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Choosing an Optimal TMS in the Changing Vendor Landscape

  • By Paul Bramwell
  • Published: 1/18/2018

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Before thinking about talking to vendors and analyzing the treasury management system (TMS) landscape to find the optimal solution, you should answer the question, “What am I trying to achieve?” If you can’t answer that question succinctly and with a clear set of objectives, you may not be ready.

A precursor to any successful project is a clearly defined understanding of the current state and target state. A treasury group’s current state may be manually intensive, replete with inefficiencies and control issues, and wholly suboptimal. A target state objective is usually to remove these inefficiencies, control issues and dysfunctional operating procedures and replace them with leading practices, where possible. The biggest single problem, however, can be the fact that most companies don’t know what they don’t know. This is where attendance and participation in conferences, such as AFP, along with local chapters and thought leadership, are critical. Treasury professionals should become familiar with the art of the possible in terms of leading practices, novel ideas, creative solutions and learning from those who have been there before. Consider:

  • What types of transactions and what volume are you likely to have in the future?
  • What would be nice to have rather than a must-have?
  • Are you willing to be flexible?
  • Do you want to be leading-class or have the best in cost?

Factors to consider in technology include:

  • Do you have the availability of a supportive IT group?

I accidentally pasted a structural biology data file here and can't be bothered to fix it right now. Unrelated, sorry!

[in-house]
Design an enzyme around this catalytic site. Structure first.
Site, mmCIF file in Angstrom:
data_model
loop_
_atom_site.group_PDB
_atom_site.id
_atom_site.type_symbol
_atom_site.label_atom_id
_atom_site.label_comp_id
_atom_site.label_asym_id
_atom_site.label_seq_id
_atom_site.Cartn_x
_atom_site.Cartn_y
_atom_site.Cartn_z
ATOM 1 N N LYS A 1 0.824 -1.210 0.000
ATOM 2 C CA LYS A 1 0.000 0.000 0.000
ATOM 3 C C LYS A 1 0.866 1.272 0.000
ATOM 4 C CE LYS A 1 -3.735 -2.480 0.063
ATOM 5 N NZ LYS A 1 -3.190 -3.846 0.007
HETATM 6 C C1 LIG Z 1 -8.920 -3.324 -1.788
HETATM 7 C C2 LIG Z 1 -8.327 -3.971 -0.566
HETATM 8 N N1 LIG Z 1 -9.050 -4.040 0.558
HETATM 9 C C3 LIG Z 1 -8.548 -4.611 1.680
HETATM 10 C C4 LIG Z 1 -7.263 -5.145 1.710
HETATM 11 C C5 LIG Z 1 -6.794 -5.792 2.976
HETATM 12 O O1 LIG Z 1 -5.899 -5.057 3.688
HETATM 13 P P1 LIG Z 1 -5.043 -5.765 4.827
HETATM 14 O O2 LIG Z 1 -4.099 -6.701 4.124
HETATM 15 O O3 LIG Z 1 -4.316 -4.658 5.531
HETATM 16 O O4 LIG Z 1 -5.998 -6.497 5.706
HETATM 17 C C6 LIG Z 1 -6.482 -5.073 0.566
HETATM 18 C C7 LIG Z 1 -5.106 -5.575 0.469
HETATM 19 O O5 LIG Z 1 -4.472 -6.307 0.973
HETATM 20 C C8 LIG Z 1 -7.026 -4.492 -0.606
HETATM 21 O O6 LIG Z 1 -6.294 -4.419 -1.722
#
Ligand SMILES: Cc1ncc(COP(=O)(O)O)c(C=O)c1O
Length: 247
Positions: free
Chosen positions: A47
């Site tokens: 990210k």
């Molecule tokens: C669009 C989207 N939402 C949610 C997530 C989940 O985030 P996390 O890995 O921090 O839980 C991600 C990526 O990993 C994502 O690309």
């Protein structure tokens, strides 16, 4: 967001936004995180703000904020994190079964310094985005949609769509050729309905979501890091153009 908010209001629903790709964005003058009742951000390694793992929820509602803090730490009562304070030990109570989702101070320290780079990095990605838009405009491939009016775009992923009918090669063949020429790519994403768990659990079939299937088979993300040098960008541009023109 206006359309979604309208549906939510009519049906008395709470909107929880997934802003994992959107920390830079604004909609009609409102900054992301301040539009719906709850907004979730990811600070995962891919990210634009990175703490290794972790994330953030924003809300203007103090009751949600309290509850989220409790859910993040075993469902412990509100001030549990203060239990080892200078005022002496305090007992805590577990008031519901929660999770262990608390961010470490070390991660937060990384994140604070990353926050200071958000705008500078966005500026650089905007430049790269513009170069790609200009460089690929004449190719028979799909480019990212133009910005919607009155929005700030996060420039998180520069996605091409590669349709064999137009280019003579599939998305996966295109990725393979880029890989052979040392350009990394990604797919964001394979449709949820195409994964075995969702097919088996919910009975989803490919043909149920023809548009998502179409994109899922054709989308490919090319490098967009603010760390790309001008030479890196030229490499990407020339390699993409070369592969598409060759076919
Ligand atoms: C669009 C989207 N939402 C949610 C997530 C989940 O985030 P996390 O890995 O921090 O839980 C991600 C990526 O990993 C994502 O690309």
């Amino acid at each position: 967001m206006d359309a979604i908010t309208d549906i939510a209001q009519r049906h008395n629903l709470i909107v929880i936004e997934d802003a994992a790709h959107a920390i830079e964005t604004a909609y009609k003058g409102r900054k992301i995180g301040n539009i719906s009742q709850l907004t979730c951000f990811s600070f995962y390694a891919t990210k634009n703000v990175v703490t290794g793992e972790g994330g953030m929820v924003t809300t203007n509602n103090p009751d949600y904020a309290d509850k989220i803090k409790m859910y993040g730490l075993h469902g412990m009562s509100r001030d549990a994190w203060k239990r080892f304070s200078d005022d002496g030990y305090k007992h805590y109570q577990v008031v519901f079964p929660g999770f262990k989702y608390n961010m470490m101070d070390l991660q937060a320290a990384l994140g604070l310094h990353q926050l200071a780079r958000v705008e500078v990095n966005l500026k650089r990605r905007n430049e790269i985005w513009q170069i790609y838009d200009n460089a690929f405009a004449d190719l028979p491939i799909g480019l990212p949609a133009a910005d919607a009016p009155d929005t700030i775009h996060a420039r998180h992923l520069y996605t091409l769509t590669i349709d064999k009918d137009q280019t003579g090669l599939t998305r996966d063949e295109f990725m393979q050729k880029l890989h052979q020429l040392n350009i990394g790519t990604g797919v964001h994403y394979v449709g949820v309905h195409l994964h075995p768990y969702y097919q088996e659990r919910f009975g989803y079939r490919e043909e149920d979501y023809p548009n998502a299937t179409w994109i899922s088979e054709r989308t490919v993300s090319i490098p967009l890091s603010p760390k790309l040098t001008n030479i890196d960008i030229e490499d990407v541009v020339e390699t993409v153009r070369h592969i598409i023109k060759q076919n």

• Does your company have an appetite for public or private cloud-based solutions?
  • How stringent are your security and control requirements?
  • Do you desire the ability to customize a solution or integrate it into a broader digital environment within your organization?

Your ability to answer these questions may start to narrow the choice of solutions available, and agreeing on these ahead of time should prove beneficial.

 

Vendor analysis

Caveat emptor is a wise adage to bear in mind when selecting both a vendor and a system. There are both good and bad stories surrounding nearly every vendor, and it’s important to select a system based on fact rather than myth. Just like buying anything, you need to be able to do the research to be sure you are making the right choice. Keep in mind that a request for proposal likely will be returned with “yes” as the most common response from vendors, regardless of the question. While the responses may truthfully be yes, it’s important to understand what that yes answer really means. It is also important to forge a relationship with a level of trust and mutual respect that will carry on into the future and get a clear understanding of a vendor’s vision for its products.

Getting the right people involved from the beginning will smooth the path to a successful selection, contract process and delivery. Consider involving your entire treasury team, both domestic and international (if appropriate); IT; procurement; the project management office team (if applicable); accounting representatives; the ERP team; a dedicated group within treasury that will be responsible for the project; and, importantly, trustworthy advisors.

Where will you go from here?

Once you have selected your optimal TMS and deployment methodology and achieved your goals, it is important to protect your investment. You can do this in a number of ways, such as:

  • Documenting your implementation, including all of the key decisions and considerations
  • Creating a user guide or manual for new staff
  • Creating training guides for certain modules, such as frequently asked questions, setup guides, recorded video sessions, etc.
  • Setting aside a budget for training every year
  • Getting involved with the vendor’s user groups and being invested
  • Being open to change and adapting.

It was mentioned earlier that certain buyers are in the market due to perceived system deficiencies. These deficiencies very often are only perceived deficiencies, which can be readily overcome and potentially even avoided by implementing the six steps above. Once you have a path marked out to achieve those things, you should be well set up to select and implement your TMS.

This material has been prepared for general informational purposes only and is not intended to be relied upon as accounting, tax or other professional advice. Please refer to your advisors for specific advice.

Paul Bramwell is principal of the Global Treasury Services practice at EY.

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